On 4th October 2009, U2 and Joel Grey were among the artists at 'An Evening With Gavin Friday And Friends', a (RED)NIGHTS benefit concert held at New York's Carnegie Hall to celebrate Gavin's 50th birthday. Widely mentioned as a highlight of the gig was Bono's solo cover of The Last Song I'll Ever Sing, a dying showman's farewell, from Gavin's 1995 album Shag Tobacco. The song's poignant lyrics can be found here. One reviewer described it as "A perfect chance for him to release the tortured torch singer inside of him", and Bono seems to be channelling all of MacPhisto's passion and pathos towards the end – quite appropriately, since Gavin has said there is "an awful lot of MacPhisto in me".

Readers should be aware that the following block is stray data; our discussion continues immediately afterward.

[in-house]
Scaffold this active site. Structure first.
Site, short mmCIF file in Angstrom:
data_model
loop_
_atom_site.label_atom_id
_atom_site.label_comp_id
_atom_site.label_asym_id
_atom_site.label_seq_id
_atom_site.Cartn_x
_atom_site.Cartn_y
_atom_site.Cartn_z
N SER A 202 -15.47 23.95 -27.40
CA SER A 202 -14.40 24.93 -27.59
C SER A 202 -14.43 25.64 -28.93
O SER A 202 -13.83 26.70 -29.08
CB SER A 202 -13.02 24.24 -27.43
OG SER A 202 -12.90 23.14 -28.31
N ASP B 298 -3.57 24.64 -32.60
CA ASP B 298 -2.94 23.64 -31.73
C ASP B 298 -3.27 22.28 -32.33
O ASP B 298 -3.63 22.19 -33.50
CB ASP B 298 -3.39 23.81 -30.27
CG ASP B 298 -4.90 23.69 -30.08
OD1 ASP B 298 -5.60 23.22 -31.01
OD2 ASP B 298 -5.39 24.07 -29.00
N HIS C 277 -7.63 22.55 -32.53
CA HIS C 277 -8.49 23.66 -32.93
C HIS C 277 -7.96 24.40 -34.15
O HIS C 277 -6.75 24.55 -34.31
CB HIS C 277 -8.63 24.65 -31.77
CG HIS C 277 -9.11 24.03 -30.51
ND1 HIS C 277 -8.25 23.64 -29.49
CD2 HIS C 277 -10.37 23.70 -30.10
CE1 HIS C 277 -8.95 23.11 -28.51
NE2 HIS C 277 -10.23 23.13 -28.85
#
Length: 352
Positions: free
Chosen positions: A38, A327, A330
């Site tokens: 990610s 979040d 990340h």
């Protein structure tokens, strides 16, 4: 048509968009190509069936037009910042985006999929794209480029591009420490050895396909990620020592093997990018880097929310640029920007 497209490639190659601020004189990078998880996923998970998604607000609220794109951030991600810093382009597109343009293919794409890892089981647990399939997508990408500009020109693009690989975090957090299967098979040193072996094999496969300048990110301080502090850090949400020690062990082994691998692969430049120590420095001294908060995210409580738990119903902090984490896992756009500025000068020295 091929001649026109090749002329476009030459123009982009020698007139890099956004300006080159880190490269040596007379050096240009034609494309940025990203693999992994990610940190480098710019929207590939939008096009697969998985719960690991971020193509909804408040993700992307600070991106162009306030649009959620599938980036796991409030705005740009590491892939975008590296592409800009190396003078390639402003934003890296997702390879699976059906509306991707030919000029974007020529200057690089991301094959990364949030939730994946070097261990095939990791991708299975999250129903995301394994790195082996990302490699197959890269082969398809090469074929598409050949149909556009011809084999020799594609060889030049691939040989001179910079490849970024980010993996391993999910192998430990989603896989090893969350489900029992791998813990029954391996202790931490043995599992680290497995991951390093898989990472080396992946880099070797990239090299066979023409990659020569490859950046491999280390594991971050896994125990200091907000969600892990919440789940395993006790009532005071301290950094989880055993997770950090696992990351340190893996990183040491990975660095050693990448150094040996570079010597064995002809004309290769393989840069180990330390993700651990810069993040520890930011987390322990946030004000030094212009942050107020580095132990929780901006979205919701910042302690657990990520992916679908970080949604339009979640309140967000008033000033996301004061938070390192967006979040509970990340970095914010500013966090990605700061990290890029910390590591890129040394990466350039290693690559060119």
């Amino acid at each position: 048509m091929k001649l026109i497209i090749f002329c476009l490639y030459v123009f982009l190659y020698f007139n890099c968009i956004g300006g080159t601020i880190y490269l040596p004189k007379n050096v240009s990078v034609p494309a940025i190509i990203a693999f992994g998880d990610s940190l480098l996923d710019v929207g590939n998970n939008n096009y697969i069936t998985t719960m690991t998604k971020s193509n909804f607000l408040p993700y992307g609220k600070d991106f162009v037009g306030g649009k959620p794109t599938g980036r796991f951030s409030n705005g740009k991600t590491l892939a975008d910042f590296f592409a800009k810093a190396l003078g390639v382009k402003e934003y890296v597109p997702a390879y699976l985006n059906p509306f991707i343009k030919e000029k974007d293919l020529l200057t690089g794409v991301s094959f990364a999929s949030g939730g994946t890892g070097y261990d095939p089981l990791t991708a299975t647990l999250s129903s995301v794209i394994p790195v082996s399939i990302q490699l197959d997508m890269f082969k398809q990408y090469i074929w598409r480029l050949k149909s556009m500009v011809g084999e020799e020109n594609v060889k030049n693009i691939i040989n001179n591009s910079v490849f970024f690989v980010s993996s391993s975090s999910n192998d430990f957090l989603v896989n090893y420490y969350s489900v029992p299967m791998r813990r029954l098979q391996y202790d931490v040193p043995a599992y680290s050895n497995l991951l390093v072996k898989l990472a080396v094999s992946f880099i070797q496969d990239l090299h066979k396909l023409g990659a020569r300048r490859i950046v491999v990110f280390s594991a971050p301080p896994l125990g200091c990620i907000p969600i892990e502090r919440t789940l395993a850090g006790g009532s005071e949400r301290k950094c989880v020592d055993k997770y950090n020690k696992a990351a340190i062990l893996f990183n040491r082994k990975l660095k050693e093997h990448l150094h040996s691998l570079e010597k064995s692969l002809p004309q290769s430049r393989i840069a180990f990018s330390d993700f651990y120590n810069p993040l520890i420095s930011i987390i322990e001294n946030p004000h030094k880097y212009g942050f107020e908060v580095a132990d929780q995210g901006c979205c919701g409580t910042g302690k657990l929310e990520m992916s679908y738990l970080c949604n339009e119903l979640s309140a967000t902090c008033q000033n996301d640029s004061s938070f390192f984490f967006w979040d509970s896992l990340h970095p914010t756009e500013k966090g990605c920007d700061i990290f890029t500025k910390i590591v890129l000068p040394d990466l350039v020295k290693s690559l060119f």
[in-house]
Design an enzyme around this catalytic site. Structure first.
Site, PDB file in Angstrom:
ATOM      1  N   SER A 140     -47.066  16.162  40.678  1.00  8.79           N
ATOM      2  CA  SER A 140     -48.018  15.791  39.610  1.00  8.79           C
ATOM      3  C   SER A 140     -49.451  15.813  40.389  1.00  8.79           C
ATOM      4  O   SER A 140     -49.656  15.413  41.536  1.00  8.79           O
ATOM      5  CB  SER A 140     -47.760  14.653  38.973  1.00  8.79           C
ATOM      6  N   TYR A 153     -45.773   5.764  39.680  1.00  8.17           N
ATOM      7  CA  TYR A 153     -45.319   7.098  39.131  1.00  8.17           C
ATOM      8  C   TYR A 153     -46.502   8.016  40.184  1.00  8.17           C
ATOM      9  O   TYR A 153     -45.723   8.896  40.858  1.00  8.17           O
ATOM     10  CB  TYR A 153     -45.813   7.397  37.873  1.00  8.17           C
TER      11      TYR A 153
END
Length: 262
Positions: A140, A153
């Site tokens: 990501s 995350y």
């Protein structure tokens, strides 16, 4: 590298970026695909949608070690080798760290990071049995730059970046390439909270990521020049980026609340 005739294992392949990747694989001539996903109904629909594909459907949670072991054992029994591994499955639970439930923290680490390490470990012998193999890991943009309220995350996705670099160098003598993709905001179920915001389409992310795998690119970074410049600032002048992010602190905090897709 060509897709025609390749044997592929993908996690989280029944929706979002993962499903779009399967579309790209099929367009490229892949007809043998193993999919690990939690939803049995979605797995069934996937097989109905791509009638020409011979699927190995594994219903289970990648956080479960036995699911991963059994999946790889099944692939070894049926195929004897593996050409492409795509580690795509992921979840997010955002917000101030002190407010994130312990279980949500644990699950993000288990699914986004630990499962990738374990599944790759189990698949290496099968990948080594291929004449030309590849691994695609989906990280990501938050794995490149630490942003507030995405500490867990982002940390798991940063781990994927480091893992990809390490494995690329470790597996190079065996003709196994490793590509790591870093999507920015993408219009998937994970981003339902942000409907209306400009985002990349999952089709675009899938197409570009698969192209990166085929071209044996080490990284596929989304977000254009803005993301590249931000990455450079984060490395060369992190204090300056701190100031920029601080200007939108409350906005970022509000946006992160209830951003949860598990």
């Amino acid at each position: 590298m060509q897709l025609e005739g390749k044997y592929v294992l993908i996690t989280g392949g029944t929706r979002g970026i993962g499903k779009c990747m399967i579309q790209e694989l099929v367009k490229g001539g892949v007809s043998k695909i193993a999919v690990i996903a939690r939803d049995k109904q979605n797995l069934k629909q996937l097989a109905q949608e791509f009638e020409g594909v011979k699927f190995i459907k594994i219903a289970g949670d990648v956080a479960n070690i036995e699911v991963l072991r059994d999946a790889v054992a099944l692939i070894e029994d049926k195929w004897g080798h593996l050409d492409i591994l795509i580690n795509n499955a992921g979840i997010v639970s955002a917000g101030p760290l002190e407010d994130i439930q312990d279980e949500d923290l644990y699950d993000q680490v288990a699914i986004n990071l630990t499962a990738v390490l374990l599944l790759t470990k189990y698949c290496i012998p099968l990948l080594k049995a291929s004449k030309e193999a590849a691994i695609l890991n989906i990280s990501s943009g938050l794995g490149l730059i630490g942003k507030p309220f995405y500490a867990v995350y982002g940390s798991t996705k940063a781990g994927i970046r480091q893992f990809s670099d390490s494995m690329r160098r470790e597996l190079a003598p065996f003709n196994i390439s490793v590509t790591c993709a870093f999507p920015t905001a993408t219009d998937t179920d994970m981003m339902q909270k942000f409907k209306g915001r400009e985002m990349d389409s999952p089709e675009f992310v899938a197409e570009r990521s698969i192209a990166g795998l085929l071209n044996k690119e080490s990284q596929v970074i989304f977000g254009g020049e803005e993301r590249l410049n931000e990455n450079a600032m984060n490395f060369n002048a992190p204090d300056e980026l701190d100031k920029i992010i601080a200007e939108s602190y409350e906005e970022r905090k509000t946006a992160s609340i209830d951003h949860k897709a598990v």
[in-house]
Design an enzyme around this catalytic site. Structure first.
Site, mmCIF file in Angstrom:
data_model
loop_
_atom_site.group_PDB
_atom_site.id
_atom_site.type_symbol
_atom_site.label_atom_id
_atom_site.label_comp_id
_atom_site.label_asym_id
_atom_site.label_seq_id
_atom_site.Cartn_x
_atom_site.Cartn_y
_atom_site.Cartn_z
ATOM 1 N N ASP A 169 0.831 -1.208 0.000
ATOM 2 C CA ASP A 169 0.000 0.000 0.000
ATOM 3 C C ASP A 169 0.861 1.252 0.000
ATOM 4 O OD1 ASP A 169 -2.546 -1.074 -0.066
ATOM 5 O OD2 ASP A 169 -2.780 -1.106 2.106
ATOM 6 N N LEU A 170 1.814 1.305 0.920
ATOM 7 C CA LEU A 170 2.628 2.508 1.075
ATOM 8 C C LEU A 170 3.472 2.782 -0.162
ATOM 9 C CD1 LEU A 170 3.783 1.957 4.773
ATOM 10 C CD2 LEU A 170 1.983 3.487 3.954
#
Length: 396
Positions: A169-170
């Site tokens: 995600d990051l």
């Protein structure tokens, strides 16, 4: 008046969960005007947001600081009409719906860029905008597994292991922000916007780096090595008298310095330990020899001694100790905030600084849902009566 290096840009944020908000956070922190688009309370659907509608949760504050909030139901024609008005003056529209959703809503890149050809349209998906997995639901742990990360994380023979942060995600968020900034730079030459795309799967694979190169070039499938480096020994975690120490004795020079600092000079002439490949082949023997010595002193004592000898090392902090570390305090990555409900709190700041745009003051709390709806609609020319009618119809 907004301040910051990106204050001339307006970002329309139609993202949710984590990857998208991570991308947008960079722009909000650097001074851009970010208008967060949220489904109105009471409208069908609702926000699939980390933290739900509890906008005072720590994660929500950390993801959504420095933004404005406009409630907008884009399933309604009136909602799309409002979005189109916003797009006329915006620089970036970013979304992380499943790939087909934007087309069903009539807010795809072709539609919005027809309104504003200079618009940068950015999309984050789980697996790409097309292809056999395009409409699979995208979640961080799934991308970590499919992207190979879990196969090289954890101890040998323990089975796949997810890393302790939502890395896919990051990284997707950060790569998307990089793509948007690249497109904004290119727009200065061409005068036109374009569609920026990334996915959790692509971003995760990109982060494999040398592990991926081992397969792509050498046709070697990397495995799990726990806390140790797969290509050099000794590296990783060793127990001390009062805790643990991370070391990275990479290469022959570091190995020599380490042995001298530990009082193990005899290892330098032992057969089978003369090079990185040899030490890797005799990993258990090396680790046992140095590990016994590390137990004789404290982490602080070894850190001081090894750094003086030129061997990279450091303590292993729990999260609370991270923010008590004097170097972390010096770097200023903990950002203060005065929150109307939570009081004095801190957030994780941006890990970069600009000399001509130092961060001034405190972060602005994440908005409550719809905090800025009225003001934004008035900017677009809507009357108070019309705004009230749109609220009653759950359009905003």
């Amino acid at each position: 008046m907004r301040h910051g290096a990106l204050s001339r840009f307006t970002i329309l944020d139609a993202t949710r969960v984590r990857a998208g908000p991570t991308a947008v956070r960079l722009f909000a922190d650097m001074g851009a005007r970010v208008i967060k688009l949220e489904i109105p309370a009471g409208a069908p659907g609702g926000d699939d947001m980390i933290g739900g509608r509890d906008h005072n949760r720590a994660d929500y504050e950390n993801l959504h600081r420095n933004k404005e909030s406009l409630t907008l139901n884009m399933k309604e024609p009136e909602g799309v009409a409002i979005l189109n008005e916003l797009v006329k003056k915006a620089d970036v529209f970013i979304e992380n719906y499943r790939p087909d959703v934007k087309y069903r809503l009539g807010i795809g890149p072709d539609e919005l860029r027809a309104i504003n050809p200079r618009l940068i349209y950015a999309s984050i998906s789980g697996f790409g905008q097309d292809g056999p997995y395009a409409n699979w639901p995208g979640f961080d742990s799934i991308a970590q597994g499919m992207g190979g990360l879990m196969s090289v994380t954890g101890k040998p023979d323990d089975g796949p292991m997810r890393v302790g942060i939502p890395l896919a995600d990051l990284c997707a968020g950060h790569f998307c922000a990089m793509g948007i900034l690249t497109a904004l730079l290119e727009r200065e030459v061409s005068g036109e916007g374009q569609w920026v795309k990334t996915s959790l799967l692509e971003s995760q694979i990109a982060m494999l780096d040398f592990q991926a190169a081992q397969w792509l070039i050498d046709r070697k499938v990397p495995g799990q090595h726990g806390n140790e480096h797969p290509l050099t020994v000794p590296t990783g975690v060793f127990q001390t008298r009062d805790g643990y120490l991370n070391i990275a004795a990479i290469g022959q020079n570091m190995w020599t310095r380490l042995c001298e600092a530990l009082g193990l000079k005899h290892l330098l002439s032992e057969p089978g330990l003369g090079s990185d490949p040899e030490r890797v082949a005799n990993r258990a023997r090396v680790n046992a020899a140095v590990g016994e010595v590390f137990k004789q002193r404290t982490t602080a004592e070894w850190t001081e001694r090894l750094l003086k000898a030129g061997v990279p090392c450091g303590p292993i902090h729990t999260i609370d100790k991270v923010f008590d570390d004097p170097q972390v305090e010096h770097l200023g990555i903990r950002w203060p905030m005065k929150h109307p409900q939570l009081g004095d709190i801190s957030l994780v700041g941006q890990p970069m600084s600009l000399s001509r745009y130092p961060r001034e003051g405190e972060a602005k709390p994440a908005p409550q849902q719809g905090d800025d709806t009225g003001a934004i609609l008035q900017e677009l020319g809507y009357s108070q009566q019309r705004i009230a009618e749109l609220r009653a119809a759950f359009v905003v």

When the 360° Tour resumed in August 2010, one old MacPhisto song was switched for another in the encore, with Ultra Violet (Light My Way) replaced by Hold Me Thrill Me Kiss Me Kill Me on most nights – a further treat for fans who missed out on the '90s tours! The PopMart visuals were sadly absent, but a few distinct hints of MacPhisto were evident here and there. Bono sometimes gave a short cough before speaking with an English accent: in Helsinki he says "Why thank you!" during the intro and "Showtime!" at the end; in Edmonton he says "Good evening, how are you?" during the intro; in Cape Town he says "Oh yeah..." at the start of the bridge; and in San Sebastian he laughs like MacPhisto just before starting to sing. He often threw himself into the role of Batman villain, cackling and coughing while he swung on the microphone during the outro (see Athens and Perth for examples). He comes on laughing evilly in Miami, and sings a snippet of the U2 song Miami in MacPhisto's voice while swinging at the end. Some performances, such as those in Horsens, would end with a theatrical bow or perhaps a tired old pop star's hobble. On the last night in São Paulo, he changed the lyric to "In the headlights of a crashed car, you're a star".